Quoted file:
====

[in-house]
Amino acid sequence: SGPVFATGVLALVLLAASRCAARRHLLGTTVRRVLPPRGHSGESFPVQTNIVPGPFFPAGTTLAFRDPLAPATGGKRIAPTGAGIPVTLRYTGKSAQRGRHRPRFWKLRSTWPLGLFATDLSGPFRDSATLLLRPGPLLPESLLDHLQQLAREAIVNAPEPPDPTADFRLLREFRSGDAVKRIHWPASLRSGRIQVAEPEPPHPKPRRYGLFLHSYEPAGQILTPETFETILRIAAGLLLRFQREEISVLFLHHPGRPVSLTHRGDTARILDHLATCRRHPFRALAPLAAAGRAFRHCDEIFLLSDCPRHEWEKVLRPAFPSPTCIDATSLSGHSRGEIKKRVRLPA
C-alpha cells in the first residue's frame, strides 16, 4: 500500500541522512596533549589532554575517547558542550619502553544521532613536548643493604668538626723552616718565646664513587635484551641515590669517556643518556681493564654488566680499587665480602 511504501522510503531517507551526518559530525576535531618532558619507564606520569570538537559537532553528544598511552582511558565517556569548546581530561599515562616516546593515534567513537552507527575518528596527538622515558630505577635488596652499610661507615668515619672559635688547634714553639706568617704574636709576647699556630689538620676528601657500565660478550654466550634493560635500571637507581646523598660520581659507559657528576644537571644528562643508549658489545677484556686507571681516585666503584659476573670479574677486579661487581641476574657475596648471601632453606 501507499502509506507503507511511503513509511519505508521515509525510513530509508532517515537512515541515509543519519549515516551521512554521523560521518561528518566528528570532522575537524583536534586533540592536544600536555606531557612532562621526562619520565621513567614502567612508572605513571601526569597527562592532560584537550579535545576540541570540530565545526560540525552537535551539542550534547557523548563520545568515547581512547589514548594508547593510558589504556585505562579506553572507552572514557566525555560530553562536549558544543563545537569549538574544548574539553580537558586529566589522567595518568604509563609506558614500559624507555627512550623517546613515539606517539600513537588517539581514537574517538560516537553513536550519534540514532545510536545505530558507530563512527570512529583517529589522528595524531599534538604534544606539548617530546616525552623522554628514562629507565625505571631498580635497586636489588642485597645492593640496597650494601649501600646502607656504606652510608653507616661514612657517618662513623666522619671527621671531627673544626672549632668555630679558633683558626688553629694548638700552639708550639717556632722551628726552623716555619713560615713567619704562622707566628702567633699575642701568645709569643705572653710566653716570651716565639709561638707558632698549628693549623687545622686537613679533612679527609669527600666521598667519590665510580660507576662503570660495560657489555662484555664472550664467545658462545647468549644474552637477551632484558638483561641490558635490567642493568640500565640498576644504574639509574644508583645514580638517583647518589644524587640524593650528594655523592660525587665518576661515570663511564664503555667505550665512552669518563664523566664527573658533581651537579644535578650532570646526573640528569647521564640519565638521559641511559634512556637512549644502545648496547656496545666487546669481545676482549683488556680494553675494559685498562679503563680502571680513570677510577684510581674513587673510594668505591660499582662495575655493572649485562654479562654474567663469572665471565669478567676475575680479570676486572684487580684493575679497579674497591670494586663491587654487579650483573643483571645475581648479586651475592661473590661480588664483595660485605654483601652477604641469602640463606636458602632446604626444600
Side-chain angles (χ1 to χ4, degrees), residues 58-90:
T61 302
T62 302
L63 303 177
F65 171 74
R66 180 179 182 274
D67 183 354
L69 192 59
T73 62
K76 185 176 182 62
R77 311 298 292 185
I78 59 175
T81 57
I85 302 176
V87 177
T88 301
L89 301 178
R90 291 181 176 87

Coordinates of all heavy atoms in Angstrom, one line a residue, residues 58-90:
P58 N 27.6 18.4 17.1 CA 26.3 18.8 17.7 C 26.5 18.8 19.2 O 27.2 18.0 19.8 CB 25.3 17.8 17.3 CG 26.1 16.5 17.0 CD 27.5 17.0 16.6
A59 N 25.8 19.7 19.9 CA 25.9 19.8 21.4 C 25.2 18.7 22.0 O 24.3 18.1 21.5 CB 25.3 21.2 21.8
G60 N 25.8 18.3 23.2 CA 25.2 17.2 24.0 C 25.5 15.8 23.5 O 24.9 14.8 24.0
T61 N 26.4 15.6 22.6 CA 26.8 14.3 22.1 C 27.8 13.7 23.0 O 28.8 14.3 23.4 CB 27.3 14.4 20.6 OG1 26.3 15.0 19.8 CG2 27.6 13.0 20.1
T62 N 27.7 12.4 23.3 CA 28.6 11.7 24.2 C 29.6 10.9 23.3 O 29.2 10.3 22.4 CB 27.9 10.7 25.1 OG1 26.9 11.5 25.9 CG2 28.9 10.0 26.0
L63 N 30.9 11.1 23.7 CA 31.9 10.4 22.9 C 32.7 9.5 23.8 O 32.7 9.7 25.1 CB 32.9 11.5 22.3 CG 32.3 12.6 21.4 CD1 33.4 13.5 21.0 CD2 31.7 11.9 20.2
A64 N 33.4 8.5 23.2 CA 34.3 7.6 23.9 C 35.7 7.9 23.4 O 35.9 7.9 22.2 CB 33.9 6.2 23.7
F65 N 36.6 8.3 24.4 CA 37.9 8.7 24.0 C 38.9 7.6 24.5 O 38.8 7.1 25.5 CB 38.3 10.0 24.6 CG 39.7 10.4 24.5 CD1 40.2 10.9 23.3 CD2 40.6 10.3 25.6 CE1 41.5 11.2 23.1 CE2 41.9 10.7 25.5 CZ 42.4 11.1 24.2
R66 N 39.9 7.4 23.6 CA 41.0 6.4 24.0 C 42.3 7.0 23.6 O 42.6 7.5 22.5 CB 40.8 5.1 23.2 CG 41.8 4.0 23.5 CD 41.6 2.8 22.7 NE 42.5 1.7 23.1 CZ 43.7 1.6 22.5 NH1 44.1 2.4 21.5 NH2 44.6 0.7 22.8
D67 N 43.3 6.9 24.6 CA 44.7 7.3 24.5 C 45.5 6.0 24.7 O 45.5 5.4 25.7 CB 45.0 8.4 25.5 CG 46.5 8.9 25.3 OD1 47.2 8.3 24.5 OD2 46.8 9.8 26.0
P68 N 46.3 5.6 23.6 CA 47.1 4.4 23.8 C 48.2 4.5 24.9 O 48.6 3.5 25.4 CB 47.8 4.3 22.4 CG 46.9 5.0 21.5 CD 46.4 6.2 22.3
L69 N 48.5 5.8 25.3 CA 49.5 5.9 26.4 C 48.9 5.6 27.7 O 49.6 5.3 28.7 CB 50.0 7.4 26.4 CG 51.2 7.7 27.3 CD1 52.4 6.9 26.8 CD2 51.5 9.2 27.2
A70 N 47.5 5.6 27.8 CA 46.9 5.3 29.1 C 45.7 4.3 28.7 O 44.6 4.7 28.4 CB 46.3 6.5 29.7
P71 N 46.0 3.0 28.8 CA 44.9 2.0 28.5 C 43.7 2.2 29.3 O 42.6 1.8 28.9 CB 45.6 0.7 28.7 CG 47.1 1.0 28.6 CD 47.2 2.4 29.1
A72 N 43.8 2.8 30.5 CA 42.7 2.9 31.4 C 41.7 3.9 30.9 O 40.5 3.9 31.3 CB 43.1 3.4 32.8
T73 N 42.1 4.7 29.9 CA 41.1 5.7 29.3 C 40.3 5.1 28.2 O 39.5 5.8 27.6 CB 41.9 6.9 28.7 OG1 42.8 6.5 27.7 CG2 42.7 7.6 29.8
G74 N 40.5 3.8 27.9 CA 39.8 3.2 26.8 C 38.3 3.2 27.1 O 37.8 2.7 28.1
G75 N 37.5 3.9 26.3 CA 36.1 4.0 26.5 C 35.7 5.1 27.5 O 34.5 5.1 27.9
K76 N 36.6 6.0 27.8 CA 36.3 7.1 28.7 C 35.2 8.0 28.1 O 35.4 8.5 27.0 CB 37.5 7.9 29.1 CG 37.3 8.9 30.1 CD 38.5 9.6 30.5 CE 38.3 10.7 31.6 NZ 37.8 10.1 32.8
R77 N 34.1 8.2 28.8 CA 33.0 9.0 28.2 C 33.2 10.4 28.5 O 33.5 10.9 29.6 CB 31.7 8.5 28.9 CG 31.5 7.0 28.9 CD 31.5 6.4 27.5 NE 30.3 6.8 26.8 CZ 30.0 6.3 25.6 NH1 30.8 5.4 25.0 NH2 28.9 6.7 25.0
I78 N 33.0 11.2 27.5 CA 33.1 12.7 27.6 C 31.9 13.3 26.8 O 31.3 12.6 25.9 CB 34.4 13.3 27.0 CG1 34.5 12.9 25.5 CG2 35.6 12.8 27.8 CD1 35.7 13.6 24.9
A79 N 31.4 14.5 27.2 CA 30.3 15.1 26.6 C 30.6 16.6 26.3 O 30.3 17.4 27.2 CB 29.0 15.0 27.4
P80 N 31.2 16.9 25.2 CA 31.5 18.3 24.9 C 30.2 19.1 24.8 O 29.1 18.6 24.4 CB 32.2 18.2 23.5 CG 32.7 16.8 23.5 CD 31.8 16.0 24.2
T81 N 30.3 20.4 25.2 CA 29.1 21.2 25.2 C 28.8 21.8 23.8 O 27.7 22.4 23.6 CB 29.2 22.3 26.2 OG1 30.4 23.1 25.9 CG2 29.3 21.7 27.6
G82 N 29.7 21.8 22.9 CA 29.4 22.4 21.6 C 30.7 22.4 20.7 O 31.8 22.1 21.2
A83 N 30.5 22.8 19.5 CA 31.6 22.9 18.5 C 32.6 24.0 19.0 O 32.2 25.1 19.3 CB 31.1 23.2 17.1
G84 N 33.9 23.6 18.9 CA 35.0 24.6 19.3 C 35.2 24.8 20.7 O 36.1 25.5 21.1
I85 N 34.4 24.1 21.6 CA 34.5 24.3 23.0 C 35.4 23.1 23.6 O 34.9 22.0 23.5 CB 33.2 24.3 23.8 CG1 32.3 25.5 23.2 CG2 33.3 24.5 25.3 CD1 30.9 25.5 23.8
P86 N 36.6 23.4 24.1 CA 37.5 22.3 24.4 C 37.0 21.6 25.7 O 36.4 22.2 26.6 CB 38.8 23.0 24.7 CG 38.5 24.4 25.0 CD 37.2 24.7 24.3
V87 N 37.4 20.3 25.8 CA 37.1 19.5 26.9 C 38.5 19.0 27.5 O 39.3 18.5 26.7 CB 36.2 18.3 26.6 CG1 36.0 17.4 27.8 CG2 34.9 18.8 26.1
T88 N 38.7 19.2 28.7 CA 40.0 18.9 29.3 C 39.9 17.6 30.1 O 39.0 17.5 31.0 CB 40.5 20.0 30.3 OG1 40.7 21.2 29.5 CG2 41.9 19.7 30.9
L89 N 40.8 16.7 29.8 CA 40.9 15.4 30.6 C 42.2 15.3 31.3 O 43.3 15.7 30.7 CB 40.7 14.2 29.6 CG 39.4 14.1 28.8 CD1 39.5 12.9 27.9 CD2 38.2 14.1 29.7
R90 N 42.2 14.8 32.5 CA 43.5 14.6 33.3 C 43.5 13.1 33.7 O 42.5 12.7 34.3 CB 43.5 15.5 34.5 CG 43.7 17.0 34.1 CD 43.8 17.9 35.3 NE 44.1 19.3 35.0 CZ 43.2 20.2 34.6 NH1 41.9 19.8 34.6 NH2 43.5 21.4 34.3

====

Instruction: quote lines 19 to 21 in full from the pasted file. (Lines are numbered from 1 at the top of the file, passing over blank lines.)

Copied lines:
T88 301
L89 301 178
R90 291 181 176 87